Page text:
When It Comes To Makeup, Color Matters

When It Comes To Makeup, Color Matters

By Aaliyah Jensen, We'Ced Youth Media

As a hardcore makeup lover and a young woman with fair skin, finding makeup to suit my skin tone has been pretty easy. Makeup seems to be catered to girls who look like me.

Recently, while shopping for beauty products, I found myself examining the color selection for people of color (POC). I realized that when it comes to foundation, POC have very limited selections.

I noticed the disparity between color selections. There weren’t a lot of darker tone options and I also didn’t see many colors darker than tan. It made me wonder why POC are not recognized and catered to in the beauty industry as much as lighter skinned individuals.

After looking on the Sephora website and seeing all of the endless foundations I have noticed the name differences of the product shades. For example, “Born This Way Foundation” has 17 colors, and the names are interesting. Starting with the lightest one which is snow, then pearl, porcelain, ivory, and vanilla. Then it goes to nude, warm nude, light beige, natural beige, warm beige, and so on. I found it pretty interesting that the very fair shades had like pretty exact names and as it got a little darker the names were very broad. In the lighter shades the names also associated with things of value, but as the foundation shades become darker the names start to have no real meaning.

I know that the makeup industry has come a long way, like Covergirl with their very beautiful and diverse representatives. Also Fenty Beauty, a full face makeup line created by Rihanna. She focused solely on making a variety of dark shades for POC. With that being said, the majority of makeup companies still have some ways to go. Being a fair skinned woman I do not face the hardships that women of color do, but I do recognize the absence of women of color representatives.

Also, being where we are today in the world, being so divided, makeup can be a good way to bring people together. A lot of people enjoy makeup and look up to makeup gurus, so having a diverse variety of people can bring help bring us together.

As Amy Davis said; “Ya betta recognize.”

In other words, with women of color becoming a force in our country, makeup companies need to do more to attract them as customers. Take Fenty Beauty for example, the makeup line was valued at $72 million in the first month, setting the bar high for every other makeup company out there.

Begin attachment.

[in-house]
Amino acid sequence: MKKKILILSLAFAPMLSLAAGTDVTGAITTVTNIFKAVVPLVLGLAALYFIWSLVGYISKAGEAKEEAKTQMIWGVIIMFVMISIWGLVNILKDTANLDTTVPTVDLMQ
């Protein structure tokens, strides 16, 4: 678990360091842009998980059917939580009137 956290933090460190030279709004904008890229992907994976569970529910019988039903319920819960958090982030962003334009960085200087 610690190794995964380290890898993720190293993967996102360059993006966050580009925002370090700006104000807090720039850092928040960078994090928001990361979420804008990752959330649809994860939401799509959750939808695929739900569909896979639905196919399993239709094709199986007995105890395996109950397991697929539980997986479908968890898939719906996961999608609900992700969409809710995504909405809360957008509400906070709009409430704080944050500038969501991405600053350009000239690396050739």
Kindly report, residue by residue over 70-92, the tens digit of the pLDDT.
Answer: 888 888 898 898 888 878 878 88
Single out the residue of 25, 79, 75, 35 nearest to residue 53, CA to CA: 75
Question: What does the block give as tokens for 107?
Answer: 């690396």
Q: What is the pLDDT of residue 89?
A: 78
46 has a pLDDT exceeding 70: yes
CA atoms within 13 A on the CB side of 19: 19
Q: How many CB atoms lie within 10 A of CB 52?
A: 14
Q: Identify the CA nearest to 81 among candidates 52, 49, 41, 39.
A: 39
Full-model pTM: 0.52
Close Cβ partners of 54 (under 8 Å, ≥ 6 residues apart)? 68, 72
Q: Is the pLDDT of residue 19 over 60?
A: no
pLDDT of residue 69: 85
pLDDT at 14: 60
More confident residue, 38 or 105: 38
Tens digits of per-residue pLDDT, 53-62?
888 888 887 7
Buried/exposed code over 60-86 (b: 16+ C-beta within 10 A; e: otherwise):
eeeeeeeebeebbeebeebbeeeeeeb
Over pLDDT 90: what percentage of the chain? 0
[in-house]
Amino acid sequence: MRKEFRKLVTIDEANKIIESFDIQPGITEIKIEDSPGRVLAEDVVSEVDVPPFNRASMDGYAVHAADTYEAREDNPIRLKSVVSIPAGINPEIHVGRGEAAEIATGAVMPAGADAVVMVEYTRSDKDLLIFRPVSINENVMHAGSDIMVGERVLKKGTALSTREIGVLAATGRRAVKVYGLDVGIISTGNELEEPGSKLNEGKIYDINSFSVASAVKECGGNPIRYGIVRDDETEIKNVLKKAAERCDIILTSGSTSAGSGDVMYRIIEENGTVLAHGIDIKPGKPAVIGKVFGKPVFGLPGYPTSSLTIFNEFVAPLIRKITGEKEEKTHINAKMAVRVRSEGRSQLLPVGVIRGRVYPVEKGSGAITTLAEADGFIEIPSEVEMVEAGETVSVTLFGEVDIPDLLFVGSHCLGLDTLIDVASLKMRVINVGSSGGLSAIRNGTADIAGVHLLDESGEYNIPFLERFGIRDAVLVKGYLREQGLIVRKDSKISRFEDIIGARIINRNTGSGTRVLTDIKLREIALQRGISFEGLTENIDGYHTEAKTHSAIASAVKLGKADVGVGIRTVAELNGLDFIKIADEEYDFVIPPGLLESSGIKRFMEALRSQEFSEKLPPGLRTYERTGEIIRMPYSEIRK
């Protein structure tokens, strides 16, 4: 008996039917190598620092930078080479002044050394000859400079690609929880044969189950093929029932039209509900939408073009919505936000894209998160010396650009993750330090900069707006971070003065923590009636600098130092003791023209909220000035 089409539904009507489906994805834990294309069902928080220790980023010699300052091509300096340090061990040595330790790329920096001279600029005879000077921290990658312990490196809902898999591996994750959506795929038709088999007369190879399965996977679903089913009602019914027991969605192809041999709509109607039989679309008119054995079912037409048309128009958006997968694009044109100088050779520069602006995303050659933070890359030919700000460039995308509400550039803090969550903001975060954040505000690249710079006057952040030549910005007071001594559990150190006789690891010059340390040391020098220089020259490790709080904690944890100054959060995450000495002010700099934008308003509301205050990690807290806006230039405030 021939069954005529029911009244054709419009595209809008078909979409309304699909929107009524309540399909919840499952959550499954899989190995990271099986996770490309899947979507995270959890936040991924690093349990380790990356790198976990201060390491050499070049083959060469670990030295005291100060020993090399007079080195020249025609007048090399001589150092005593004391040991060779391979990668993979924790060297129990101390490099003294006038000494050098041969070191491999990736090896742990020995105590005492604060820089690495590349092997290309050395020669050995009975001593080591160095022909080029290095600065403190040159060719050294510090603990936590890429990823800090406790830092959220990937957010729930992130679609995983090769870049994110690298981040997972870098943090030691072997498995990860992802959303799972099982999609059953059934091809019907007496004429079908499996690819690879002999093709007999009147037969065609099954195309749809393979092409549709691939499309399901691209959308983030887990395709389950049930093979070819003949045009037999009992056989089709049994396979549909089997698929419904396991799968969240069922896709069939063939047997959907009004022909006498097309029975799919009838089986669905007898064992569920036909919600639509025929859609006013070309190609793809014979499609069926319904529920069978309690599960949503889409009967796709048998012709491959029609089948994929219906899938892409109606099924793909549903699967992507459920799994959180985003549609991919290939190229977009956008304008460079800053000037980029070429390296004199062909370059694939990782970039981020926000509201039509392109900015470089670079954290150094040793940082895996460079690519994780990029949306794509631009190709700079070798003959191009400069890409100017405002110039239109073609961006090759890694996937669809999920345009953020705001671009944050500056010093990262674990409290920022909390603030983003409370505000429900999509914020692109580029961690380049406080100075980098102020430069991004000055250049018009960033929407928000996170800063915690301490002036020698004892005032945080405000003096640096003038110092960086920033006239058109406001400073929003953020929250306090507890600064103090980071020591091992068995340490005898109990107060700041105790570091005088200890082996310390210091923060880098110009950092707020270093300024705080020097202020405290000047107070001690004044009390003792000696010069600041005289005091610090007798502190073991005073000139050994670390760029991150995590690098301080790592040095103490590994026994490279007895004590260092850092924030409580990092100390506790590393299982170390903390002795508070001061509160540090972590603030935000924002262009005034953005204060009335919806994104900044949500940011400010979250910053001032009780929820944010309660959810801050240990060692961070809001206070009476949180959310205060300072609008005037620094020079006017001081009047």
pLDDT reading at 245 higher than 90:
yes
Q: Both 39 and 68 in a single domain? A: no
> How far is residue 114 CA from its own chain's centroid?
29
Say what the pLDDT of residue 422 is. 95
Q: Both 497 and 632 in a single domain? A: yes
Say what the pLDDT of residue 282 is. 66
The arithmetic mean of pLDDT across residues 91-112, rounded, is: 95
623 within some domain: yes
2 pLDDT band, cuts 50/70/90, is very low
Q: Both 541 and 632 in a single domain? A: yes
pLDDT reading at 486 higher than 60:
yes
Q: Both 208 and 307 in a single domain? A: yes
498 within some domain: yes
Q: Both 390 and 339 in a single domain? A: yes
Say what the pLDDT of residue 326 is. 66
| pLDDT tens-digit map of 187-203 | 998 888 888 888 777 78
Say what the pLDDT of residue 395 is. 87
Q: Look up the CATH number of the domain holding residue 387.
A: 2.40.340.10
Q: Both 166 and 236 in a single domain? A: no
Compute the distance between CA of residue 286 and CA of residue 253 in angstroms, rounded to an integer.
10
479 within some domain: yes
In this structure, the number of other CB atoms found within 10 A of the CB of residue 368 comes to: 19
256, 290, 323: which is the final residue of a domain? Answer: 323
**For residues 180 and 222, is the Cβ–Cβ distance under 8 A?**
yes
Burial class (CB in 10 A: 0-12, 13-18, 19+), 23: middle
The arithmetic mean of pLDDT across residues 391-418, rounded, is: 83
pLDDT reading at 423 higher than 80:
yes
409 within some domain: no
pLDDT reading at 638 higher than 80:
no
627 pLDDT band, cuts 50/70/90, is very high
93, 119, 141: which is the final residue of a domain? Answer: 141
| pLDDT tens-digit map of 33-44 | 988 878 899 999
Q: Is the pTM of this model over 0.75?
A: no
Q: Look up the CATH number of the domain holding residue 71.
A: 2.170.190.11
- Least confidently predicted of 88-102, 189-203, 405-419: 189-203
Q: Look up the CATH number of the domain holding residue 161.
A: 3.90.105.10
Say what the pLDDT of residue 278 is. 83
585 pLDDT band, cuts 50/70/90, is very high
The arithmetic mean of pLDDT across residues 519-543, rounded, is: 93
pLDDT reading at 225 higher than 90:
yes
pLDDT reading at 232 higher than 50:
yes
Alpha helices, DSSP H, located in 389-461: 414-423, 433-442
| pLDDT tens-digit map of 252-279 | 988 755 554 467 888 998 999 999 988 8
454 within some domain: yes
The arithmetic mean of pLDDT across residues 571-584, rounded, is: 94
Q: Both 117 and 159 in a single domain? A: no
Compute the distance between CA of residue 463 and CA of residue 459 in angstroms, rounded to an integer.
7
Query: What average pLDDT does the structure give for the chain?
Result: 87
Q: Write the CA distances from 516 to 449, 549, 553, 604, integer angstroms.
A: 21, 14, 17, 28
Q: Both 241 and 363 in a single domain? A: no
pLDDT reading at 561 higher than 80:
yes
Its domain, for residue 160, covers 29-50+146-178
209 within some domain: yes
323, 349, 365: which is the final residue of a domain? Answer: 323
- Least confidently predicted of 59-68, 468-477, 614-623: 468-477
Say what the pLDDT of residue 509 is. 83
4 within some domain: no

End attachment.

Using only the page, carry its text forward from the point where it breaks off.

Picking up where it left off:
I remember looking at advertisement videos on the Sephora website, and there were only about three women with darker shaded complexions. This infuriated me. And I am not alone. Many young women of color feel as though they are ignored by the beauty industry.

I sat down with Amy Davis, 17, to talk about her experience with the beauty industry as a young woman of color.

When did you first realize that the beauty industry doesn’t cater to POC?

“When I was about 15, I walked into Sephora and tried to find a foundation for me. It was so difficult because there was not a foundation dark enough for me.”

How did you feel when you realized the makeup industry doesn’t recognize people of color?

“It might sound a little crazy, but I feel like we are not important or pretty enough to them to be recognized. It’s like I see all of these huge makeup [representatives] and they are all light skin or maybe a little darker. Rarely do I ever see a beautiful dark skinned woman. I just think [the industry] needs to recognize we are just as beautiful.”

If you could tell any big makeup brand why you think women of color should be recognized, what would you say?

“I would tell them that we are beautiful no matter how dark our skin is. I don’t think they understand how it makes us women of color feel. I would also let them know that because of seeing so many beautiful fair skinned women being recognized it made me wish I had lighter skin and made me feel really insecure. I just would want them to know how us women of color feel and start to recognize us.”

This story originally appeared in We'Ced Youth Media in Merced.

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